Rather than choosing a naturally durable wood for your outdoor furniture project, you could choose pressure treated lumber, which has been impregnated with chemicals to make the wood decay and bug resistant. Pressure treated wood certainly has it’s uses, but may not be the best choice for furniture that is in direct contact with people since the wood is usually green, has a tendency to warp, and brings up concerns due to the use of toxic chemicals. Pressure treated wood is also not as attractive as many types of wood. However, pressure treated wood is almost always the least expensive type of lumber that is suitable for outdoor use.

Whichever type of wood you choose, your project will last longer if you use a protective finish on it, keep it out of direct sunlight, and out of contact with the ground.

7 Unique Garden Bench Plans to Add Personality to Your Environment

Rather than going down to your local big box store and buying a bench for your garden or patio that millions of others already have, try expressing your personal style by building one of these fabulous outdoor seats that are full of unique personality.  Your home will definitely be better for it and more reflective of the specific people who inhabit it.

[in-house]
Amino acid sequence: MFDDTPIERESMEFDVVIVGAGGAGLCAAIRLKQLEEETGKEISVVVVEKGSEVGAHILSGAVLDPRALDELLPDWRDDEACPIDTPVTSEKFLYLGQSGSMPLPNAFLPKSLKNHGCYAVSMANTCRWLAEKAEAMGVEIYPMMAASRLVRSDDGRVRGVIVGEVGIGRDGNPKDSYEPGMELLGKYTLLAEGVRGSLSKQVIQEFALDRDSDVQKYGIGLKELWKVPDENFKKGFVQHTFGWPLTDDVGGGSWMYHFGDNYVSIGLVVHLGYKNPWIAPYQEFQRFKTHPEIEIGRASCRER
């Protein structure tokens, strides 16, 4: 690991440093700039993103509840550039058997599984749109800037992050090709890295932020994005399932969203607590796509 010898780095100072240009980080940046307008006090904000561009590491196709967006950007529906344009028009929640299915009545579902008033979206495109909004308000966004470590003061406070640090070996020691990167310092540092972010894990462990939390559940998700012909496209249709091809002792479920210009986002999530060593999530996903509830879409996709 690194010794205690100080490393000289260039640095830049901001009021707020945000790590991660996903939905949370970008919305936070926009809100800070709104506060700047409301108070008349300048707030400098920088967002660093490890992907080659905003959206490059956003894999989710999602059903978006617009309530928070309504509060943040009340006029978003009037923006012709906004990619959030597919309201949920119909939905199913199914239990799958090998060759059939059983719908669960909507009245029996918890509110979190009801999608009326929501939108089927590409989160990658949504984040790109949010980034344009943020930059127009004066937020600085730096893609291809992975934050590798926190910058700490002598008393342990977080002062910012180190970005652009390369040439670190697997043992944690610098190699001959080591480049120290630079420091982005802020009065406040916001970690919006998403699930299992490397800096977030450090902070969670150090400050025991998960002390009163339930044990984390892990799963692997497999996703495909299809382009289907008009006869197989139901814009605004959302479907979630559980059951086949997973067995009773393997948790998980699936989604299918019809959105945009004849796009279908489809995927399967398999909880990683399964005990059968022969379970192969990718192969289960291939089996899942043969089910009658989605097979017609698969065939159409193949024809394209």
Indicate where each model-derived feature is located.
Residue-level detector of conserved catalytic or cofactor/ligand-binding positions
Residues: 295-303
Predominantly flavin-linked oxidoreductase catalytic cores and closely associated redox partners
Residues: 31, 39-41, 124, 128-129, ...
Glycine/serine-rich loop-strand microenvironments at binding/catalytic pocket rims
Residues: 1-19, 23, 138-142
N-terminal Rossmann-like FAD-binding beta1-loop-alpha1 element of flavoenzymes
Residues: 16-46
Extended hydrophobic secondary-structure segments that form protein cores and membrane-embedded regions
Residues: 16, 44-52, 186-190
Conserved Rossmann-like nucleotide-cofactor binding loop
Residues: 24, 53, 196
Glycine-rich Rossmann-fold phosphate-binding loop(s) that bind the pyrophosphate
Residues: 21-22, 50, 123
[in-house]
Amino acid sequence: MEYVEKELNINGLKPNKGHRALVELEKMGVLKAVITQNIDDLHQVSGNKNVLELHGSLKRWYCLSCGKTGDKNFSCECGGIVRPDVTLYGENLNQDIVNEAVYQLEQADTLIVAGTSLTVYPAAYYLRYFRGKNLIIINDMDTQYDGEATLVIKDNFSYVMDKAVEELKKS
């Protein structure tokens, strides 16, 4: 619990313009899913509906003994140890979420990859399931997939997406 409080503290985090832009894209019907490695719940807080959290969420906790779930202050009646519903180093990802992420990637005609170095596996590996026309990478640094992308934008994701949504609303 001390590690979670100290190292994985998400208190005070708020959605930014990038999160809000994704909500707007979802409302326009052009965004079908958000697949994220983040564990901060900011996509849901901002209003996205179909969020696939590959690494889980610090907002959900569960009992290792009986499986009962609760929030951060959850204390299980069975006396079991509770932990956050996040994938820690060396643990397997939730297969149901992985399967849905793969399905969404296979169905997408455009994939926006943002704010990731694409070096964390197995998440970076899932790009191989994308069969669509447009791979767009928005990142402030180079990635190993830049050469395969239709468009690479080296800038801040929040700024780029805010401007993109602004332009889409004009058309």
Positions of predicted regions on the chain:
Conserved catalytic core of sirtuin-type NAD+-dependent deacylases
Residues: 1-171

Some of these pieces require a fair amount of skill or experience, but others are approachable even for the inexperienced (you might want to try the twig seat or cobblestone and wood bench).  If your woodworking experience is basic then check out this list of simple outdoor benches you might want to try instead.  For the truly adventurous, considering designing your own unique work of art.  See these examples of amazing bench designs at Web Urbanist to get inspired.  Either way, the results do not need to be perfect to add a huge amount of charm and unique character to your environment. 

Just go for it and don’t settle for mundane when you could enhance your environmental with your own handmade piece of functional art.   

If you’re handy with a chainsaw, attempt this beautiful Chainsaw Log garden bench  from Popular Mechanics and express your inner MichaelAngelo. 
A beautiful zen-like “Contemplation Bench” from Woodcraft.
Cobblestone and wood bench from HGTV.
A unique twig bench made from branches and costing next to nothing makes a seat that the neighbors definitely won’t have!
This one is not specific bench plans but for inspiration.  This bench made from different chairs would be great fun to reinterpret!  If creating a similar design for outdoors, seal all parts thoroughly with a weather resistant finish or use weather resistant woods. low-tech-diy-art-bench
An easy-to-build bench from Lowe’s that demonstrates how creative you can be while using standard parts from your local home improvement store.  Use appropriate finishes or weather resistant wood when planning to use bench outside.
Here are several creative ideas for simple garden seatsfrom Las Pilitas Nursery.  Sometimes simpler is better and can add tons of character to your landscape. Put the bench in the garden and let the flowers grow over it.

10 Simple Outdoor Benches Plans You Can Build Yourself

All of the following garden bench plans are free!

Below are 10 simple–yet very attractive and functional–garden benches you can build with basic woodworking skills and tools.